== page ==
Gov. Pawlenty appeared on Laura Ingraham's show yesterday and discussed a wide range of issues.
Pawlenty said "Yeah, we got a problem" when asked if Minnesota has an "Al Qaeda problem in Minnesota" because of the indictments of 8 Somali Minnesotans who went to fight in Somalia.
Pawlenty also discussed the situation regarding former Arkansas Gov. Mike Huckabee's decision to grant clemency to a person who allegedly shot and killed several police officers in Washington. Pawlenty said he never granted clemency during his time as governor and would not have granted clemency to the alleged shooter in Washington.
He also said he's not concerned about a recent poll in the Washington Post and defended his position on global warming.
Listen to the entire interview here.
Update: Huckabee pushes back.
DFLers in the Minnesota House want to take quick action on a bonding bill next session but Gov. Pawlenty says they should focus on other priorities. MPR, the Star Tribune and the Pi Press have stories.
Open enrollment is causing problems for the state's largest school districts.
The CDC says H1N1 is no longer widespread in Minnesota.
But clinics are told to hold the vaccine for high-risk groups.
KARE wonders if a Vikings stadium is now or never.
President Obama will release his plans on Afghanistan tonight. The Washington Post says he will send an additional 34,000 troops. You can listen to the prime-time address on MPR News.
Politico says Democrats are nervous about Obama's Afghanistan plan.
DFL Sen. Amy Klobuchar tells the St. Cloud Times that she is wary of a troop buildup in the country.
The Treasury Department pushes mortgage firms for loan relief.
DFL Sen. Amy Klobuchar wants Iran to release the hikers being held there.
DFL Rep. Tim Walz gave $2,196 back in office funds back to the Treasury. Update: Walz's office says the funds were from his refusal to take a salary increase not unpsent office funds.
DFL Rep. Jim Oberstar says the estimate on a Duluth to Minneapolis rail line is too high.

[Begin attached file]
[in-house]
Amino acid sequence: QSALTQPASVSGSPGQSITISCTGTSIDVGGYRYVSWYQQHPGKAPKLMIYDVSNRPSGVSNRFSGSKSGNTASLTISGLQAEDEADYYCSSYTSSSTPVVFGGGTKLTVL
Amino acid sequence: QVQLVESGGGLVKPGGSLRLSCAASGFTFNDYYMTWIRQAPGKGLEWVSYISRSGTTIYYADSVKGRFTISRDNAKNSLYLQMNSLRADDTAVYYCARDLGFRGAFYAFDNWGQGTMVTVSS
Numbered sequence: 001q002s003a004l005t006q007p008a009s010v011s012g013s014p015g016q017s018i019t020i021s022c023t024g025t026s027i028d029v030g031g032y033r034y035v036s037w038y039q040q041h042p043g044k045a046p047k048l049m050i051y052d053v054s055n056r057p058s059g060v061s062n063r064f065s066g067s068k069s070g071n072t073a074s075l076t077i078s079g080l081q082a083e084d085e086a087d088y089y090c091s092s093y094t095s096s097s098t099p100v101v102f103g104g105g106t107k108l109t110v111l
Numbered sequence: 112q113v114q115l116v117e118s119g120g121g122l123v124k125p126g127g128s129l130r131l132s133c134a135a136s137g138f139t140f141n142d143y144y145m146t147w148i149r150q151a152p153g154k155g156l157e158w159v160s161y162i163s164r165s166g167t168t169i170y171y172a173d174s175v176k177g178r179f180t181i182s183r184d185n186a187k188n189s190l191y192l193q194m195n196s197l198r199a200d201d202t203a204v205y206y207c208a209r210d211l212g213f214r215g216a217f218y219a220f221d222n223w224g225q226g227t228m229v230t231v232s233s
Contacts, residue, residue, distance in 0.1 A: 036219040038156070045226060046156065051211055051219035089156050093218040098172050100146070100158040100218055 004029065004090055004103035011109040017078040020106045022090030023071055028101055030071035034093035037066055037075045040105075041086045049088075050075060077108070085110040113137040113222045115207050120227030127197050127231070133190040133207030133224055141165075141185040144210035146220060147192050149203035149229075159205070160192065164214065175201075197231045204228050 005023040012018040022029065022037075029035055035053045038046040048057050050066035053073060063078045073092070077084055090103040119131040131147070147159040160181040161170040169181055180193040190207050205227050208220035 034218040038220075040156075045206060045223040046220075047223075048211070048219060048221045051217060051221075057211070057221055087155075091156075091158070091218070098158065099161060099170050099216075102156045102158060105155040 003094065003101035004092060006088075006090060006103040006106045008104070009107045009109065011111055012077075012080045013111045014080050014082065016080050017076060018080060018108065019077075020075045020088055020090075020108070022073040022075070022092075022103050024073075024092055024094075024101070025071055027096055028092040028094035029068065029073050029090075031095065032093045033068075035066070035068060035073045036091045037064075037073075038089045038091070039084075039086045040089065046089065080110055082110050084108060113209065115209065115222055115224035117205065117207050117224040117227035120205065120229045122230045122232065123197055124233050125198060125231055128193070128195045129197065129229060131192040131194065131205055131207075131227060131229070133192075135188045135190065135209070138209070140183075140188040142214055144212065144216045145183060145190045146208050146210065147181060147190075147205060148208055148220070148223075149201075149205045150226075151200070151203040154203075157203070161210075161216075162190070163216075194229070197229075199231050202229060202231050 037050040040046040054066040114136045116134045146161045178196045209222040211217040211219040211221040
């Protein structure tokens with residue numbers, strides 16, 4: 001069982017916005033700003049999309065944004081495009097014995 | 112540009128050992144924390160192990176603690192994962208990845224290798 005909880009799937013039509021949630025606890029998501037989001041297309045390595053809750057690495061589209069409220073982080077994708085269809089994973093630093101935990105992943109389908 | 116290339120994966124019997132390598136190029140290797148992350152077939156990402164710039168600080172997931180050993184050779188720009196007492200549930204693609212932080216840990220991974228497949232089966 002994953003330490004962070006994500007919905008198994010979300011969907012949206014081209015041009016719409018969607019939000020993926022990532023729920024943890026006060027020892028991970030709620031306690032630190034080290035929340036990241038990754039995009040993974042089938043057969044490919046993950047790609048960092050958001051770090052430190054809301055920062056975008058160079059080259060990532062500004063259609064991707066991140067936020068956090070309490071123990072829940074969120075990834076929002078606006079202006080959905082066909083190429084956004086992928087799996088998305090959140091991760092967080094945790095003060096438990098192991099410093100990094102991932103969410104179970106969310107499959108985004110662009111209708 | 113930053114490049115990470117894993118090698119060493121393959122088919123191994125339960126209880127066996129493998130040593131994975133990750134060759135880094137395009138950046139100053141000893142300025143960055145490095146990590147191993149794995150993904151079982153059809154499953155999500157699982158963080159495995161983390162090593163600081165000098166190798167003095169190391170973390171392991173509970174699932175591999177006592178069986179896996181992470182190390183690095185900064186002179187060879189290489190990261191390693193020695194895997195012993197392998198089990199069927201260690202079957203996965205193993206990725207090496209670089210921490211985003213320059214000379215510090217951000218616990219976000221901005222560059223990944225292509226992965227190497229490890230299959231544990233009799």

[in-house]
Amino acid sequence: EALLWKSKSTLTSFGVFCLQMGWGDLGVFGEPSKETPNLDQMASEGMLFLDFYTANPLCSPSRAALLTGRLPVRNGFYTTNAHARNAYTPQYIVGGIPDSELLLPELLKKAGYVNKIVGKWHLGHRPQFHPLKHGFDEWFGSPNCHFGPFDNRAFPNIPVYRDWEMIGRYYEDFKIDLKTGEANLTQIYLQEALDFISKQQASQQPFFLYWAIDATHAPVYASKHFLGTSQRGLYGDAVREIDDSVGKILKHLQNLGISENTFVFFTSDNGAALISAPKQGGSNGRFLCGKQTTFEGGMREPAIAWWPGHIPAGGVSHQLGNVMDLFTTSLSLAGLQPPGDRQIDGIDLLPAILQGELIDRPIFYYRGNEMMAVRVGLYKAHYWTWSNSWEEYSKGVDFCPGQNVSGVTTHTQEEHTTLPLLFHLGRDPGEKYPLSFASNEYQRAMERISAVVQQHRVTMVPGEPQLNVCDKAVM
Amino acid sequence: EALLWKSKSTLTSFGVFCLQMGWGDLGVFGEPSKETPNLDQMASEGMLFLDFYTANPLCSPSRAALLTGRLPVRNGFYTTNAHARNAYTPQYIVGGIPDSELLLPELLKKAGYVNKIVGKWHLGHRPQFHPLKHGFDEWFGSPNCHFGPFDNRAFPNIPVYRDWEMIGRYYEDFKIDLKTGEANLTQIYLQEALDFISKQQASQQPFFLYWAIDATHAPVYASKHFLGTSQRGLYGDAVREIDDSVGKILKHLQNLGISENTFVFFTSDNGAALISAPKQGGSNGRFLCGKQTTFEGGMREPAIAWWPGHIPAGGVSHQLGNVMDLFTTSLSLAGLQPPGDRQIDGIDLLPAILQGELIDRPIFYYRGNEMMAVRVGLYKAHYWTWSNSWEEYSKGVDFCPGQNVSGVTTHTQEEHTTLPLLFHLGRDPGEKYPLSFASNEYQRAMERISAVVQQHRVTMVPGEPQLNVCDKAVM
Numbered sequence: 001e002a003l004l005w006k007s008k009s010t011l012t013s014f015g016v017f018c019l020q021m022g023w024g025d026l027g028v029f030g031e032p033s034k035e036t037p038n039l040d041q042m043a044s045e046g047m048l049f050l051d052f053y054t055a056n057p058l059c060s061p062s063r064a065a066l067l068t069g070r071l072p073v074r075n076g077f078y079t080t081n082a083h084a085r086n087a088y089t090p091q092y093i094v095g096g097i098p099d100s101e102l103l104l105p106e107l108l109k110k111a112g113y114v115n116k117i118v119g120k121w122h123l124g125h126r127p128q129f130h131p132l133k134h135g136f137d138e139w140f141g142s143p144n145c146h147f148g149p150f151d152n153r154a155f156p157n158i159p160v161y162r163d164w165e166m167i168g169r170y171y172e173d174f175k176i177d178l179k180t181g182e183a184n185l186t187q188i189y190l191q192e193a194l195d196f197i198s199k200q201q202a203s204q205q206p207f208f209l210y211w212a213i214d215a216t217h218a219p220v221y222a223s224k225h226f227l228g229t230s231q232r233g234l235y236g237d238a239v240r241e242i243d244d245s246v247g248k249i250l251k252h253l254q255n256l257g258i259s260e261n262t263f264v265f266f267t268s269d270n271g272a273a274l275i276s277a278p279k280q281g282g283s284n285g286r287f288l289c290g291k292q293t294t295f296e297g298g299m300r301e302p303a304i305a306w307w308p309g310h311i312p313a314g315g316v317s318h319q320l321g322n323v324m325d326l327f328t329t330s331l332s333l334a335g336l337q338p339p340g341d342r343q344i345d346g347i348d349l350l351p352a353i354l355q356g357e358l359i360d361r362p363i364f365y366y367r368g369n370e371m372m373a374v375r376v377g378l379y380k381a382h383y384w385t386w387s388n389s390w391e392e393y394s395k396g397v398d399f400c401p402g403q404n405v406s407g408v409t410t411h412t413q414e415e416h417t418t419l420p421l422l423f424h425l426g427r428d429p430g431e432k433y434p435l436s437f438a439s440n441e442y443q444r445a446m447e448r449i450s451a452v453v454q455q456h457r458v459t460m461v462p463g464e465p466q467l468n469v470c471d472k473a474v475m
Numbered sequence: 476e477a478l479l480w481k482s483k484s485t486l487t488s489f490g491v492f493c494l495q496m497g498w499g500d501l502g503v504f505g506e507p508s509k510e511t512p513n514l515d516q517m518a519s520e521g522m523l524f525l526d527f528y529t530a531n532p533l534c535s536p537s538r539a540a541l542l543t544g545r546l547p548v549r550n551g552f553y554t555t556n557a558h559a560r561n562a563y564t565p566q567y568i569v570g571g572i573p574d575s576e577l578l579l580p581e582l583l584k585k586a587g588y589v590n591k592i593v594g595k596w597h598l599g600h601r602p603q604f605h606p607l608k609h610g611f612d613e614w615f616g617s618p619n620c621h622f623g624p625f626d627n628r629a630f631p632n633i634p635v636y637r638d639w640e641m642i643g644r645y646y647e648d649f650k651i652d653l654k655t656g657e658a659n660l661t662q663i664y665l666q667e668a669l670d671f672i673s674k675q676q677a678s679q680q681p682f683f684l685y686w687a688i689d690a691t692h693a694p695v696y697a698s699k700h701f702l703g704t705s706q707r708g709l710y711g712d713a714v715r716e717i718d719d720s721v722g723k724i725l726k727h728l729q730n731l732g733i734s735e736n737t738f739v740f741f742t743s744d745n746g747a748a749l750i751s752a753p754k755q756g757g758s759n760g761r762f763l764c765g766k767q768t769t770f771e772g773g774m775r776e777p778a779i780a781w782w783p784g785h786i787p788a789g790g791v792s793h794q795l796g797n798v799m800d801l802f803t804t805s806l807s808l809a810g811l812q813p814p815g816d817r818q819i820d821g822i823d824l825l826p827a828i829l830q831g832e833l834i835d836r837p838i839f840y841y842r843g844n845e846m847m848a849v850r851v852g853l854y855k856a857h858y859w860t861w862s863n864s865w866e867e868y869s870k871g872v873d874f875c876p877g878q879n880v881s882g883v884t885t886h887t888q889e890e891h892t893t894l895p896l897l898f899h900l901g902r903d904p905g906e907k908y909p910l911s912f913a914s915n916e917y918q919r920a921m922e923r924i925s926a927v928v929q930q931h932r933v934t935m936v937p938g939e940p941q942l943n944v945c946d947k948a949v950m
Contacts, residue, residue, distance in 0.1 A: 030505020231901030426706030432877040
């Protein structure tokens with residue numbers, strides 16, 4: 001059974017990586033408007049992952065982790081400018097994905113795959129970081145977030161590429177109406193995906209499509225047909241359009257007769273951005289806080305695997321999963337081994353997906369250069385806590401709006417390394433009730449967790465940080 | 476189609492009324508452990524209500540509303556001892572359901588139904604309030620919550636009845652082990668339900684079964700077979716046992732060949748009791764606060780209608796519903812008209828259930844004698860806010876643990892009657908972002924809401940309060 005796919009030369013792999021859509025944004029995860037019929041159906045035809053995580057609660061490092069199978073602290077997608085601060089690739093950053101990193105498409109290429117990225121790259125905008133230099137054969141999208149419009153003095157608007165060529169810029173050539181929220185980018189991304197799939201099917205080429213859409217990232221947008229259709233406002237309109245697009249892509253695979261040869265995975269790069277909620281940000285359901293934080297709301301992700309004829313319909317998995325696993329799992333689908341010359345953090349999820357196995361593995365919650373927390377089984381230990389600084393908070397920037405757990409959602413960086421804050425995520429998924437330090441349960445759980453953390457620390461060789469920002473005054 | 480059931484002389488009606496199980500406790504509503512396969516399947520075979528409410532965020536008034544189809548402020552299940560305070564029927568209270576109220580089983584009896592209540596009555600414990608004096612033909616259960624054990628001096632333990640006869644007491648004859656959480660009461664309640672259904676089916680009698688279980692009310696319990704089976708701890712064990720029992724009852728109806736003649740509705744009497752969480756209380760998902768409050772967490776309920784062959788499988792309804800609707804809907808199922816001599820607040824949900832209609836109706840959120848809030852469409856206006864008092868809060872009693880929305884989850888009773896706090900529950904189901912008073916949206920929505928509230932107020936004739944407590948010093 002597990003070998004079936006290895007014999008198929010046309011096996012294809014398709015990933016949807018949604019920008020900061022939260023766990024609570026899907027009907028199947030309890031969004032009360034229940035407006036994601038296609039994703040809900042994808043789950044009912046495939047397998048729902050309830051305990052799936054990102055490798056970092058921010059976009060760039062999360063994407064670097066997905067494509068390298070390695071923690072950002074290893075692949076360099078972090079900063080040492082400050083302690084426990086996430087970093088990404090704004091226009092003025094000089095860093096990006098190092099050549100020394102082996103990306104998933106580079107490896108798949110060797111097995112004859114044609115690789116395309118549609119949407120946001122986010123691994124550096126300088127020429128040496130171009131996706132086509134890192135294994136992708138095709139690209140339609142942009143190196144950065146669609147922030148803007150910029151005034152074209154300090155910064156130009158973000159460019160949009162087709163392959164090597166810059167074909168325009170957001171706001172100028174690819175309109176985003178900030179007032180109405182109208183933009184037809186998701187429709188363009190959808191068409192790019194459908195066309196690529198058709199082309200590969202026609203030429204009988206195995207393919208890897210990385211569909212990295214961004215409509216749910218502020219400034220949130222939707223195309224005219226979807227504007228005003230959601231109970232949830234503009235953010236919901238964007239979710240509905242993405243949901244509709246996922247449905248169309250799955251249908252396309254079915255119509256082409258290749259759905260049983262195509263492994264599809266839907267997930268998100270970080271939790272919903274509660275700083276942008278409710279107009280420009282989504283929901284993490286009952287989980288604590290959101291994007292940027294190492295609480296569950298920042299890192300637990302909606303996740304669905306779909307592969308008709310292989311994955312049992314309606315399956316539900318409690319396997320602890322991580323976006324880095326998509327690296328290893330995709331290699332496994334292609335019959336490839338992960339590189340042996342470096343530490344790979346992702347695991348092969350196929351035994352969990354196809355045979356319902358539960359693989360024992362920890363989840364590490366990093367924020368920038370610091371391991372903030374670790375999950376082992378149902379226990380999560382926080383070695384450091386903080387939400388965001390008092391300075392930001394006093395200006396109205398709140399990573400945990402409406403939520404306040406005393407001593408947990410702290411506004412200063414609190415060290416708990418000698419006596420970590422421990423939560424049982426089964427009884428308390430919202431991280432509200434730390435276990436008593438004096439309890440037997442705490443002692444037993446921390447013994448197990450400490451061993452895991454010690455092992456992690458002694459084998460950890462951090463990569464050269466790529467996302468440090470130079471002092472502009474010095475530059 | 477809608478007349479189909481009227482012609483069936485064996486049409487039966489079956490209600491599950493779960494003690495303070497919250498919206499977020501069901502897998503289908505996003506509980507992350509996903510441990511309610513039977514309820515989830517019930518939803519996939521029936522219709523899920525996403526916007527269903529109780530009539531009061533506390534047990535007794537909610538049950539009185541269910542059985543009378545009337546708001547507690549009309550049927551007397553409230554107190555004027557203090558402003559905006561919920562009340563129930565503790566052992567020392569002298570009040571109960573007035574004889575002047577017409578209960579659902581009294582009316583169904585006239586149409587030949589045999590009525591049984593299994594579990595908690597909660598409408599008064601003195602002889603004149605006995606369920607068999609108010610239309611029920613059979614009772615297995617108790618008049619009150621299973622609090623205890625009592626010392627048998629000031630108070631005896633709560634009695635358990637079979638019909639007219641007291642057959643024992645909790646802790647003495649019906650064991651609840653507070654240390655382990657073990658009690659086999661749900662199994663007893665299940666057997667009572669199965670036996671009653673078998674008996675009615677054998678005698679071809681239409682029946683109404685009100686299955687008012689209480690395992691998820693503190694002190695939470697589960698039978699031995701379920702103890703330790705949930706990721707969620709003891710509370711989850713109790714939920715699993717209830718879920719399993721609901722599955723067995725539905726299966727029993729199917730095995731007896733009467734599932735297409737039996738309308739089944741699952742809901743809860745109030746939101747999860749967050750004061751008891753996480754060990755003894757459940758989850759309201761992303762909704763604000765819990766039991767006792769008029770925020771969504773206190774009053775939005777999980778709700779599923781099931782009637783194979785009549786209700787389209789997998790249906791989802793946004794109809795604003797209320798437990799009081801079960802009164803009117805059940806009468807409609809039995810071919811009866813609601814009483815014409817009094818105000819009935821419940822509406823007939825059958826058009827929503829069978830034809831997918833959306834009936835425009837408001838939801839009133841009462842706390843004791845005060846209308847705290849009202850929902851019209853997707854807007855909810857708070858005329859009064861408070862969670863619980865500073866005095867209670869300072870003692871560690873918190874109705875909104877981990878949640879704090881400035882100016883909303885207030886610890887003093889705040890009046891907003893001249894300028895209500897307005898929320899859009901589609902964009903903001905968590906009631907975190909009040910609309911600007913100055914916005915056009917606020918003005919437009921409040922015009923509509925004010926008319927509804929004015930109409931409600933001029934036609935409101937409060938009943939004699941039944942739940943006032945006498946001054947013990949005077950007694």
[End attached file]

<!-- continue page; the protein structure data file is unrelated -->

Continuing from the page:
The Wall St. Journal says job cuts loom as the stimulus funding fades. Oberstar is mentioned.
Pawlenty for President Watch
Gov. Pawlenty gets 1% in a Washington Post poll of GOP voters considering 2012.
A former Republican Congressman from New Hampshire is co-hosting Pawlenty's New Hampshire fundraiser in December for New Hampshire Senate Republicans.
Pawlenty also appeared on Laura Ingraham's show yesterday (listen here). Pawlenty said "Yeah, we got a problem" when asked if Minnesota has an Al Qaeda problem in Minnesota because of the Somali issue.
He also said he never granted clemency during his time as governor and would not have granted clemency to the alleged shooter in Washington. He also said he's not concerned about a recent poll in the Washington Post and explains his position on global warming.
Conservatives rip former Arkansas Gov. Mike Huckabee over a shooting in Washington.
Huckabee explains himself on Bill O'Reilly shows.
Seattle police shot and killed the suspect.
Time's The Page suggests
Alabama Mississippi Gov. Haley Barbour is eying a White House run.
2010 Race for Governor
The DFL candidates for governor differ on a sales tax expansion.
Discover Politics interviews DFLer Susan Gaertner.
2010 Race for Congress
Republican Randy Demmer will announce this morning that he's running for Congress in Minnesota's 1st Congressional District. Demmer, who lost the GOP endorsement in 2008, says he will not run for his Minnesota House seat again.
A former Crow Wing County prosecutor enters the race for Minnesota Attorney General.
Posted at 1:09 PM on December 1, 2009
by Tom Scheck
Filed under: Campaign 2010: Minnesota Governor
Former U.S. Sen. Mark Dayton is asking supporters to give $1 to his campaign for governor. In an e-mail, Dayton is calling December "A Dollar for Dayton" month. Dayton, heir to the family that founded Dayton's Department Store and Target, contributed $12 million of his own money in the 2000 election.